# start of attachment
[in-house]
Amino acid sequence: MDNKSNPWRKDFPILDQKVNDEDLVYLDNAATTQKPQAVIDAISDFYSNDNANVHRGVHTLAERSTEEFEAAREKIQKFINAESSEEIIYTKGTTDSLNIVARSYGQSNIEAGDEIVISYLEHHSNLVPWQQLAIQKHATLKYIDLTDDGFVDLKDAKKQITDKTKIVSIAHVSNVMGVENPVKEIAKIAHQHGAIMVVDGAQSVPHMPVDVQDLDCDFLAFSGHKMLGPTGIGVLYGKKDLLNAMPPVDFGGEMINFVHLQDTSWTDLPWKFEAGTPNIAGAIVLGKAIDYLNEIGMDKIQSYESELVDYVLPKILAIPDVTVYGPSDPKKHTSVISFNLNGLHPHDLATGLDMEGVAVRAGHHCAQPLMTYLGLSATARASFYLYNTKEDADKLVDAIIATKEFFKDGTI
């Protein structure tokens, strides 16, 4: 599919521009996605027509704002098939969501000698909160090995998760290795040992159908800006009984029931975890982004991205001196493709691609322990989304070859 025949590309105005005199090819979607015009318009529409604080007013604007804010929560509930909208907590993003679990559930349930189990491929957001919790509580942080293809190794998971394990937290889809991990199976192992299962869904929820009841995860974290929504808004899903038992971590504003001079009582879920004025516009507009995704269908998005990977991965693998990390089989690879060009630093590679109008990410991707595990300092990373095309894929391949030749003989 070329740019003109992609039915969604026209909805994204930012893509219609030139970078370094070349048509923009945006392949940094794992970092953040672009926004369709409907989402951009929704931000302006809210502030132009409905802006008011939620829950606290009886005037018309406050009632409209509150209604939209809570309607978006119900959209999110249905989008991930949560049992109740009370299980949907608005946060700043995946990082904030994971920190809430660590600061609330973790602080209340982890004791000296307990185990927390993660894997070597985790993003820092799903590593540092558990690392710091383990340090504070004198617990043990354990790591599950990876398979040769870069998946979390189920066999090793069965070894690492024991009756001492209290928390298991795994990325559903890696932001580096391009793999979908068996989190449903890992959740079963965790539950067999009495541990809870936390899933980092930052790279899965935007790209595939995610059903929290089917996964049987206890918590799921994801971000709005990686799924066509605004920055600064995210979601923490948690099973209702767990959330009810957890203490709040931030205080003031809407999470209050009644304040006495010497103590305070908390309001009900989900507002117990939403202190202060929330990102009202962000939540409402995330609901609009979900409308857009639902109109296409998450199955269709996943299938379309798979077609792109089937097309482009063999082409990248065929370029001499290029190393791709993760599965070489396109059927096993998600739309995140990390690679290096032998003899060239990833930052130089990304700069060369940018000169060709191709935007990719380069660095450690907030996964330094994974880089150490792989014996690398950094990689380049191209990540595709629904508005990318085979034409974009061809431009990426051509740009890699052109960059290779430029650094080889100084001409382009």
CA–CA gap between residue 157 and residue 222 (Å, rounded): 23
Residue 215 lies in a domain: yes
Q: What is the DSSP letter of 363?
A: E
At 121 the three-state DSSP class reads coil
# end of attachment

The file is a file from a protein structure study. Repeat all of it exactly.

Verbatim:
[in-house]
Amino acid sequence: MDNKSNPWRKDFPILDQKVNDEDLVYLDNAATTQKPQAVIDAISDFYSNDNANVHRGVHTLAERSTEEFEAAREKIQKFINAESSEEIIYTKGTTDSLNIVARSYGQSNIEAGDEIVISYLEHHSNLVPWQQLAIQKHATLKYIDLTDDGFVDLKDAKKQITDKTKIVSIAHVSNVMGVENPVKEIAKIAHQHGAIMVVDGAQSVPHMPVDVQDLDCDFLAFSGHKMLGPTGIGVLYGKKDLLNAMPPVDFGGEMINFVHLQDTSWTDLPWKFEAGTPNIAGAIVLGKAIDYLNEIGMDKIQSYESELVDYVLPKILAIPDVTVYGPSDPKKHTSVISFNLNGLHPHDLATGLDMEGVAVRAGHHCAQPLMTYLGLSATARASFYLYNTKEDADKLVDAIIATKEFFKDGTI
């Protein structure tokens, strides 16, 4: 599919521009996605027509704002098939969501000698909160090995998760290795040992159908800006009984029931975890982004991205001196493709691609322990989304070859 025949590309105005005199090819979607015009318009529409604080007013604007804010929560509930909208907590993003679990559930349930189990491929957001919790509580942080293809190794998971394990937290889809991990199976192992299962869904929820009841995860974290929504808004899903038992971590504003001079009582879920004025516009507009995704269908998005990977991965693998990390089989690879060009630093590679109008990410991707595990300092990373095309894929391949030749003989 070329740019003109992609039915969604026209909805994204930012893509219609030139970078370094070349048509923009945006392949940094794992970092953040672009926004369709409907989402951009929704931000302006809210502030132009409905802006008011939620829950606290009886005037018309406050009632409209509150209604939209809570309607978006119900959209999110249905989008991930949560049992109740009370299980949907608005946060700043995946990082904030994971920190809430660590600061609330973790602080209340982890004791000296307990185990927390993660894997070597985790993003820092799903590593540092558990690392710091383990340090504070004198617990043990354990790591599950990876398979040769870069998946979390189920066999090793069965070894690492024991009756001492209290928390298991795994990325559903890696932001580096391009793999979908068996989190449903890992959740079963965790539950067999009495541990809870936390899933980092930052790279899965935007790209595939995610059903929290089917996964049987206890918590799921994801971000709005990686799924066509605004920055600064995210979601923490948690099973209702767990959330009810957890203490709040931030205080003031809407999470209050009644304040006495010497103590305070908390309001009900989900507002117990939403202190202060929330990102009202962000939540409402995330609901609009979900409308857009639902109109296409998450199955269709996943299938379309798979077609792109089937097309482009063999082409990248065929370029001499290029190393791709993760599965070489396109059927096993998600739309995140990390690679290096032998003899060239990833930052130089990304700069060369940018000169060709191709935007990719380069660095450690907030996964330094994974880089150490792989014996690398950094990689380049191209990540595709629904508005990318085979034409974009061809431009990426051509740009890699052109960059290779430029650094080889100084001409382009």
CA–CA gap between residue 157 and residue 222 (Å, rounded): 23
Residue 215 lies in a domain: yes
Q: What is the DSSP letter of 363?
A: E
At 121 the three-state DSSP class reads coil